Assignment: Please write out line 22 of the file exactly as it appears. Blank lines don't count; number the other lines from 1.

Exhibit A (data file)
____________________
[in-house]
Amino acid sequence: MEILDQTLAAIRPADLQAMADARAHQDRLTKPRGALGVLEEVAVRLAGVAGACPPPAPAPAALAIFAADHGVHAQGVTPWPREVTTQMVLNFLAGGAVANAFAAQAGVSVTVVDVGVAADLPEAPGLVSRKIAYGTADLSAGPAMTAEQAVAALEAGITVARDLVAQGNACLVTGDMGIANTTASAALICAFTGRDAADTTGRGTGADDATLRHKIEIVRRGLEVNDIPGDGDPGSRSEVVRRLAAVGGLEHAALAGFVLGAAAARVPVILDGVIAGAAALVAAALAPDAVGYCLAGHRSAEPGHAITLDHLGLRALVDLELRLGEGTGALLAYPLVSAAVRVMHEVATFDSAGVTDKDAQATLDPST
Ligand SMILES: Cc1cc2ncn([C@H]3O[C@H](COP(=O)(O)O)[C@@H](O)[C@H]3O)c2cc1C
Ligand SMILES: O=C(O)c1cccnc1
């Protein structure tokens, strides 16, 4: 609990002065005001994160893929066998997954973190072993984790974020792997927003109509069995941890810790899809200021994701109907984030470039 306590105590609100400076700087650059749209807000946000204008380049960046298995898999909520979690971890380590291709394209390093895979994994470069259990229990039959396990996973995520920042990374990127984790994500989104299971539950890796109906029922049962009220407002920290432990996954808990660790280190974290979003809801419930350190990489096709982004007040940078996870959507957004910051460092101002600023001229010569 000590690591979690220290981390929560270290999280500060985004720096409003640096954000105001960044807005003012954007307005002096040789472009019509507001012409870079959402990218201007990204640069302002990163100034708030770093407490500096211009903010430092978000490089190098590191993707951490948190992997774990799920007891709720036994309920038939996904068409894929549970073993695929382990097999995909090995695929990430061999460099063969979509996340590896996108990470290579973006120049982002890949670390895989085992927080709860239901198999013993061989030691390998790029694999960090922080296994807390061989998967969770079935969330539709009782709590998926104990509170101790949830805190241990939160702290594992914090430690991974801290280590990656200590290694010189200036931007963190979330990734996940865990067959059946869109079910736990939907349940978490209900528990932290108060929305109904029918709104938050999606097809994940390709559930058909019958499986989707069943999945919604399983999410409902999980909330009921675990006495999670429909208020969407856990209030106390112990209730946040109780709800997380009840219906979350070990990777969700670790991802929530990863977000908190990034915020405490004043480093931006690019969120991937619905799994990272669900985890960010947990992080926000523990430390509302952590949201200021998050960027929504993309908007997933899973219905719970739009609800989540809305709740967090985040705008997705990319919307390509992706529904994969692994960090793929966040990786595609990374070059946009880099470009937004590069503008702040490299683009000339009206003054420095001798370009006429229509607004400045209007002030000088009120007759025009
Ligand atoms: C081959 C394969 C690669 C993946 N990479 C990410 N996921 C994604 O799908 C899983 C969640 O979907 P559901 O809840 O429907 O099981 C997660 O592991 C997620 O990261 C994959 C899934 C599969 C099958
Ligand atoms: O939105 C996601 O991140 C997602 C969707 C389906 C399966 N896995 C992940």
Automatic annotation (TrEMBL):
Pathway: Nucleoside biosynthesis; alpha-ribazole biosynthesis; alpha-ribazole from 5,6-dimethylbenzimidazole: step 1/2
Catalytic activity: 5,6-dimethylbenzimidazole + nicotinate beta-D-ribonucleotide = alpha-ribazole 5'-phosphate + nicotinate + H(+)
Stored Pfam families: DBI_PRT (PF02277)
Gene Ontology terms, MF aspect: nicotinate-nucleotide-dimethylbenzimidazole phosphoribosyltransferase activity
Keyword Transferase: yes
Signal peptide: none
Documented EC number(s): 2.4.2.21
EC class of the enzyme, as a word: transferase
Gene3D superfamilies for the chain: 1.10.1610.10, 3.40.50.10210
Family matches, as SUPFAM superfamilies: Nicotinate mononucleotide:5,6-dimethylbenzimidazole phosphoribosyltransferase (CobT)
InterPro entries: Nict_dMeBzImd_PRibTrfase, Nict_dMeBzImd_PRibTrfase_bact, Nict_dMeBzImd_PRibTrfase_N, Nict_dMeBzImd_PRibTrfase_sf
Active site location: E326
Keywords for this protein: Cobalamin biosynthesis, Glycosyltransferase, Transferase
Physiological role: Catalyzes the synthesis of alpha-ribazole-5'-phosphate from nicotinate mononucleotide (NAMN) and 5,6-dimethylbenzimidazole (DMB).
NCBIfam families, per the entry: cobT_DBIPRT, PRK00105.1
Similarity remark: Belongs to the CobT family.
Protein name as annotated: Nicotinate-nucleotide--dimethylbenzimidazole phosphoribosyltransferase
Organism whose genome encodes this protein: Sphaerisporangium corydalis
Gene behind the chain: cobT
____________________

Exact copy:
Physiological role: Catalyzes the synthesis of alpha-ribazole-5'-phosphate from nicotinate mononucleotide (NAMN) and 5,6-dimethylbenzimidazole (DMB).